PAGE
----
Reality: Taking an introductory course is one way to learn about a particular major, but it may not be the best way, especially if you are at the beginning of the exploration process. One reason is that some introductory courses will not give you a complete idea of what the major is like. For example, taking BUS 101 will not tell you just how much math is required of business majors. Also, if you take a course to determine your interest in the major and then decide against that major, you will have eliminated that major, but you have not chosen one. Deciding on majors by eliminating them one course at a time is inefficient and time-consuming. You can learn a great deal about a major by browsing through department websites, the course catalog and online databases. Don’t forget, you are in the age of instant communication; the Internet is home to an endless supply of information about all majors!
What Can I Do With This Major? is a great site to connect majors to career options.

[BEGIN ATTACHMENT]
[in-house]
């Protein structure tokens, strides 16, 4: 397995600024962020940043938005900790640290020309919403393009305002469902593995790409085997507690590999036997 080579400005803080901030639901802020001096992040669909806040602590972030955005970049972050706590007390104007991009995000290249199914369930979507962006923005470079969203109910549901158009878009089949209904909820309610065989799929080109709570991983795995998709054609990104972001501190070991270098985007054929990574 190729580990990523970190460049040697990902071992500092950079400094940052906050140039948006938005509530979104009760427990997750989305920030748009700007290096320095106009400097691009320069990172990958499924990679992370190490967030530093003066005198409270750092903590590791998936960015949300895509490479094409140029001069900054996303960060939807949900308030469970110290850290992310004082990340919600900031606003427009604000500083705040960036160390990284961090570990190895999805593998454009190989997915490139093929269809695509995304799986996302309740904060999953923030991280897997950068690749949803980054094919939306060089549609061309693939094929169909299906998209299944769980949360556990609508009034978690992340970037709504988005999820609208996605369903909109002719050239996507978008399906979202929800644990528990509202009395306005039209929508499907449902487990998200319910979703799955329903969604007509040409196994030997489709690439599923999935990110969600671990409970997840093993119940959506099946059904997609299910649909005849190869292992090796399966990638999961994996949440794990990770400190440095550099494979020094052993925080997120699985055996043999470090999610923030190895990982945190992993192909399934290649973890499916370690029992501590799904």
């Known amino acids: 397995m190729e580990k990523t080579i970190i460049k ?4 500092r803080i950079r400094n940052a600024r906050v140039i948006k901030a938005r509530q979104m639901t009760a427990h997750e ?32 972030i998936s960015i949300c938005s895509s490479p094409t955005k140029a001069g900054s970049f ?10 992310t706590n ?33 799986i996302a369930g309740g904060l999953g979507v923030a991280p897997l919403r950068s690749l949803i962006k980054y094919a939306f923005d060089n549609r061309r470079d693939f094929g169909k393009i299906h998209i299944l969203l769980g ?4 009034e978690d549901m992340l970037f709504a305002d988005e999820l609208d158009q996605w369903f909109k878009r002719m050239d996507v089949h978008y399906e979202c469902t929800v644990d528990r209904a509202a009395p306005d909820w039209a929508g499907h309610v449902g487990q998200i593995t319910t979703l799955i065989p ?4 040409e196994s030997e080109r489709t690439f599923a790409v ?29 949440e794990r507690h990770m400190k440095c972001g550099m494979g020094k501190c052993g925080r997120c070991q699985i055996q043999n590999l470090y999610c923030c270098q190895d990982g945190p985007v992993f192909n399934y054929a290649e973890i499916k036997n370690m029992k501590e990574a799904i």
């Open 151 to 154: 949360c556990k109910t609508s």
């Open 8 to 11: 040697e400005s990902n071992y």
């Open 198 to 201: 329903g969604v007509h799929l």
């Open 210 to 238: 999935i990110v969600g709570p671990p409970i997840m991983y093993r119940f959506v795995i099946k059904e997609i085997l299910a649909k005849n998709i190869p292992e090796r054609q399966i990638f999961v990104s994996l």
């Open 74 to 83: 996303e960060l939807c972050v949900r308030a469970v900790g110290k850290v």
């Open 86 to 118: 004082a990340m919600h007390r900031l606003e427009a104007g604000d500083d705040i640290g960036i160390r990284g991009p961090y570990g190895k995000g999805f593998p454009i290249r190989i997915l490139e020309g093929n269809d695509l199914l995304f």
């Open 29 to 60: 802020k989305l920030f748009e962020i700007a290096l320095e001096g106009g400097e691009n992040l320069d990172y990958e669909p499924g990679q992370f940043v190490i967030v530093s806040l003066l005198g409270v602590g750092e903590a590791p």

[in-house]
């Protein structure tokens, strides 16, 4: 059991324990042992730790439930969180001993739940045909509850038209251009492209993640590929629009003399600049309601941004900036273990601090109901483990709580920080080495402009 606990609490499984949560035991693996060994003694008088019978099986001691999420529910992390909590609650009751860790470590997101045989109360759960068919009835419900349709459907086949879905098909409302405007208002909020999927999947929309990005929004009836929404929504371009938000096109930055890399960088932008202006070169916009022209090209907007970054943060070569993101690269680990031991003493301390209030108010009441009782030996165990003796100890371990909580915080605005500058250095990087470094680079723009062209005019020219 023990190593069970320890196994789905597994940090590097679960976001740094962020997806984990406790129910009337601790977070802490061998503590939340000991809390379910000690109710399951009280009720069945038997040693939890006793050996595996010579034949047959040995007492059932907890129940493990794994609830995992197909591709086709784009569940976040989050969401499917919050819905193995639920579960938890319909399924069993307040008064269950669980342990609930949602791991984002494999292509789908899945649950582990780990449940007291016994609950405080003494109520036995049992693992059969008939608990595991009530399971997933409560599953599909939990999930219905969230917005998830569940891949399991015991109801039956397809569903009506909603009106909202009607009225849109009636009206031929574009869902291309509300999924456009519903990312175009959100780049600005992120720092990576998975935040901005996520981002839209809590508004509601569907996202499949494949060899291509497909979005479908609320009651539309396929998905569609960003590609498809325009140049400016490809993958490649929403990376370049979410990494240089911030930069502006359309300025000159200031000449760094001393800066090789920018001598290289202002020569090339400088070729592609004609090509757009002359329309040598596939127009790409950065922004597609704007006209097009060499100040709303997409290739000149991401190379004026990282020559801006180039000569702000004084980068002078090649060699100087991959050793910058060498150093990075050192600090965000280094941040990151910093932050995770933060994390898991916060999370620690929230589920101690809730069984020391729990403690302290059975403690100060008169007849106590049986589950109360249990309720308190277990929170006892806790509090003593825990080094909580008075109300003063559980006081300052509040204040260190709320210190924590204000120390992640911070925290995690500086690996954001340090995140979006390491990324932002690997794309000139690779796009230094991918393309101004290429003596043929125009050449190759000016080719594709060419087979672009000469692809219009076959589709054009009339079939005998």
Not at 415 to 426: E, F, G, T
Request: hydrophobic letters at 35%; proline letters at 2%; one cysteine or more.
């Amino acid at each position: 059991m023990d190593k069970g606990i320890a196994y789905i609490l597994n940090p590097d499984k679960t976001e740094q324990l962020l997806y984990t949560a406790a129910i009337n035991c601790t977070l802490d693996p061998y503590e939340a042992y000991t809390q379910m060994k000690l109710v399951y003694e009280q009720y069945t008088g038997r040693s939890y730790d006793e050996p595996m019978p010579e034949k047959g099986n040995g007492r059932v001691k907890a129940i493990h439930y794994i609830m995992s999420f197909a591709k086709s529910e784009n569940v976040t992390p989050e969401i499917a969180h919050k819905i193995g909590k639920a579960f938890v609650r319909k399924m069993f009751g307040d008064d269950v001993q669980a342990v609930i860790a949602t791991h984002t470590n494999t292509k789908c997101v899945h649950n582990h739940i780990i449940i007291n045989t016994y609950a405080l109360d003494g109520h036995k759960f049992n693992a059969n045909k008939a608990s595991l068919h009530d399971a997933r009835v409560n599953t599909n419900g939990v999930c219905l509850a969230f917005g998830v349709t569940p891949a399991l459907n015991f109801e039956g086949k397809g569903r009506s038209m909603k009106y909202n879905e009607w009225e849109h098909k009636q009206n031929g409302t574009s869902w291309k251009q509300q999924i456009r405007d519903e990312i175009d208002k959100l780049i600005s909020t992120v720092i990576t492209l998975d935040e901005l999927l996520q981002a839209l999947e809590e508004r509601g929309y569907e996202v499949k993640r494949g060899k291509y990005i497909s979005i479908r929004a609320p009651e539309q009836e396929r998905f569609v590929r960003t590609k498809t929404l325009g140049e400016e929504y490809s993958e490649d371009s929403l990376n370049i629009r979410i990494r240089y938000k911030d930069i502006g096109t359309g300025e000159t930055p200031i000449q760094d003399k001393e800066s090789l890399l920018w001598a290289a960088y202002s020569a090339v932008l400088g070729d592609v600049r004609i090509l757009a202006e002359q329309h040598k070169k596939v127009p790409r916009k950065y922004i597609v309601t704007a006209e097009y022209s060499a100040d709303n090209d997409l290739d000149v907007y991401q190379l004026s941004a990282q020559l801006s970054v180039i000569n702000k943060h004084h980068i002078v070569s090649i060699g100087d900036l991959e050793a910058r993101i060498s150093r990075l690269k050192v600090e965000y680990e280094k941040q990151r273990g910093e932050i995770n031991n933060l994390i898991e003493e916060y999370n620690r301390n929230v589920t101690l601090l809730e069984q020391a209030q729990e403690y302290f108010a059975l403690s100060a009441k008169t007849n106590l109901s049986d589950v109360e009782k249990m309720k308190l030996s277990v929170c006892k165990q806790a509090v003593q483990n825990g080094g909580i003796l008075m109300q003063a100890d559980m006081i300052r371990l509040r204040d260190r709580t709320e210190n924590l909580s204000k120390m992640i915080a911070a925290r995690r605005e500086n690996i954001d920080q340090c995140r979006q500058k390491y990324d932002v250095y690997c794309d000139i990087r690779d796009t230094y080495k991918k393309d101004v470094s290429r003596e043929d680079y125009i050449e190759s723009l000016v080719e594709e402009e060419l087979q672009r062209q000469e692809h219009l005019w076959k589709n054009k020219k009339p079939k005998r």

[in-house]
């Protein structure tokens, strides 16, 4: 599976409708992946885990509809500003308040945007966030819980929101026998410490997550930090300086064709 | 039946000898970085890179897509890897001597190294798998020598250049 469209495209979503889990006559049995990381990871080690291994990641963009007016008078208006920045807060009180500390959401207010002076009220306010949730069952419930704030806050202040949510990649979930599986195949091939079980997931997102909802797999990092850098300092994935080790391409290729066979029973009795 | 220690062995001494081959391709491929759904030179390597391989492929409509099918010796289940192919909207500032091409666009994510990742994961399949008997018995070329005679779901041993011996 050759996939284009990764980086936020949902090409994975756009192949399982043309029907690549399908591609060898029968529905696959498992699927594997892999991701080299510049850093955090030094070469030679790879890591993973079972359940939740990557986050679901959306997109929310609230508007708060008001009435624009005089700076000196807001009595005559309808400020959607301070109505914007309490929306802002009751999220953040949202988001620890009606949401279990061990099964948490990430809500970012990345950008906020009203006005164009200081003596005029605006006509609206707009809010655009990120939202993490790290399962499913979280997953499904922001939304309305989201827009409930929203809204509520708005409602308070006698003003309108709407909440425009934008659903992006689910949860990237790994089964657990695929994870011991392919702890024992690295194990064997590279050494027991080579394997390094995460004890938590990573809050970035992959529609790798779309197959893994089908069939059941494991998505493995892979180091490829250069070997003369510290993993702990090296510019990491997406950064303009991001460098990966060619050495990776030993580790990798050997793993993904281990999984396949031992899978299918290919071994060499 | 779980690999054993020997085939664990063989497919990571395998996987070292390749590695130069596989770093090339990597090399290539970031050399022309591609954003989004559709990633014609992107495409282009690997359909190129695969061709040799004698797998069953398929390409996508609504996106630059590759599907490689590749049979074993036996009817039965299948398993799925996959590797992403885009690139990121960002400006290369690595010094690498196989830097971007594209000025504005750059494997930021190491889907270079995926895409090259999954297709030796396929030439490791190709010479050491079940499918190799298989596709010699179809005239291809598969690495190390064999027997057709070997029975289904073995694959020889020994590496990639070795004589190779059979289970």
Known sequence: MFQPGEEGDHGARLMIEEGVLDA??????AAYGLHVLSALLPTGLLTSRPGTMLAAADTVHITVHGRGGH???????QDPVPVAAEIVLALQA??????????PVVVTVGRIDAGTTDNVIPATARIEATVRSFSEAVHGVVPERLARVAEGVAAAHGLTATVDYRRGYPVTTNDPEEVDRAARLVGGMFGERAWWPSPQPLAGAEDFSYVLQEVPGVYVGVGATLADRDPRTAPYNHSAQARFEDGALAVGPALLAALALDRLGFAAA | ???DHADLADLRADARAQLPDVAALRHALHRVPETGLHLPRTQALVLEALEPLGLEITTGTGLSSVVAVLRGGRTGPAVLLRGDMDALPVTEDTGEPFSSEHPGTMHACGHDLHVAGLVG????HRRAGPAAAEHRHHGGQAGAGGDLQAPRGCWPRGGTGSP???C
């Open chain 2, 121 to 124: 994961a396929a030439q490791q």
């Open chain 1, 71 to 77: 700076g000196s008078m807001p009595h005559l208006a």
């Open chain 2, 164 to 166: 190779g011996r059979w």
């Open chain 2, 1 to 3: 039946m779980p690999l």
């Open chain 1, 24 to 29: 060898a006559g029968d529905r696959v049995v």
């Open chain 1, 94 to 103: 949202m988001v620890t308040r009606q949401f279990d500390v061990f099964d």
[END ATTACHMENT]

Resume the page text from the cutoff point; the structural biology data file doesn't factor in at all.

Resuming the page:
Myth 8: I can take all of my Baccalaureate Experience courses before deciding on a major.
Reality: While UT’s Baccalaureate Experience core curriculum allows you to explore different academic disciplines, it is recommended you select your Baccalaureate Experience courses carefully to meet all of your goals. You should try to take at least one course required for a possible major during your freshman year. Some majors take longer to complete due to a high number of credits and/or structured prerequisites. Starting on these requirements will help ensure timely graduation. Meeting with the exploration specialist can help you with the selection of courses during your exploration semesters.
Use the summary of Baccalaureate Experience Requirements to design your first few semesters.